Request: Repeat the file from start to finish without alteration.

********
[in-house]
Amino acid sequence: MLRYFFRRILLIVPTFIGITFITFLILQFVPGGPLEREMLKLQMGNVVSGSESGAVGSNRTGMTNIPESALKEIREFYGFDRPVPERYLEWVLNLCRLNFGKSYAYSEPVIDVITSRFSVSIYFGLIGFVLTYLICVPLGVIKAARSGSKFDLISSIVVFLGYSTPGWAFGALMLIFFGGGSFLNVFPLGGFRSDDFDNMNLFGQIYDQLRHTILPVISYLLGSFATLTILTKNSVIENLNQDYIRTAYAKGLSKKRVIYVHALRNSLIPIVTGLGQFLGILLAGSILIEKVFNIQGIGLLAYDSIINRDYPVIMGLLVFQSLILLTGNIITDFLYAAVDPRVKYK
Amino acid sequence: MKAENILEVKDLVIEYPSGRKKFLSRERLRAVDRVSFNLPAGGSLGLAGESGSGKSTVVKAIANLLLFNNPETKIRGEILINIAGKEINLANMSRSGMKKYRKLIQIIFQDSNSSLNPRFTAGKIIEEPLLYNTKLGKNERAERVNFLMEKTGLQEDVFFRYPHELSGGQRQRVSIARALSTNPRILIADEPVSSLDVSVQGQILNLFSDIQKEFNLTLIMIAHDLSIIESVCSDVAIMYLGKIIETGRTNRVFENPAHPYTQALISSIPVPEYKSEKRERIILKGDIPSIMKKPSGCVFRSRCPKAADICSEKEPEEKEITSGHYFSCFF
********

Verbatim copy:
[in-house]
Amino acid sequence: MLRYFFRRILLIVPTFIGITFITFLILQFVPGGPLEREMLKLQMGNVVSGSESGAVGSNRTGMTNIPESALKEIREFYGFDRPVPERYLEWVLNLCRLNFGKSYAYSEPVIDVITSRFSVSIYFGLIGFVLTYLICVPLGVIKAARSGSKFDLISSIVVFLGYSTPGWAFGALMLIFFGGGSFLNVFPLGGFRSDDFDNMNLFGQIYDQLRHTILPVISYLLGSFATLTILTKNSVIENLNQDYIRTAYAKGLSKKRVIYVHALRNSLIPIVTGLGQFLGILLAGSILIEKVFNIQGIGLLAYDSIINRDYPVIMGLLVFQSLILLTGNIITDFLYAAVDPRVKYK
Amino acid sequence: MKAENILEVKDLVIEYPSGRKKFLSRERLRAVDRVSFNLPAGGSLGLAGESGSGKSTVVKAIANLLLFNNPETKIRGEILINIAGKEINLANMSRSGMKKYRKLIQIIFQDSNSSLNPRFTAGKIIEEPLLYNTKLGKNERAERVNFLMEKTGLQEDVFFRYPHELSGGQRQRVSIARALSTNPRILIADEPVSSLDVSVQGQILNLFSDIQKEFNLTLIMIAHDLSIIESVCSDVAIMYLGKIIETGRTNRVFENPAHPYTQALISSIPVPEYKSEKRERIILKGDIPSIMKKPSGCVFRSRCPKAADICSEKEPEEKEITSGHYFSCFF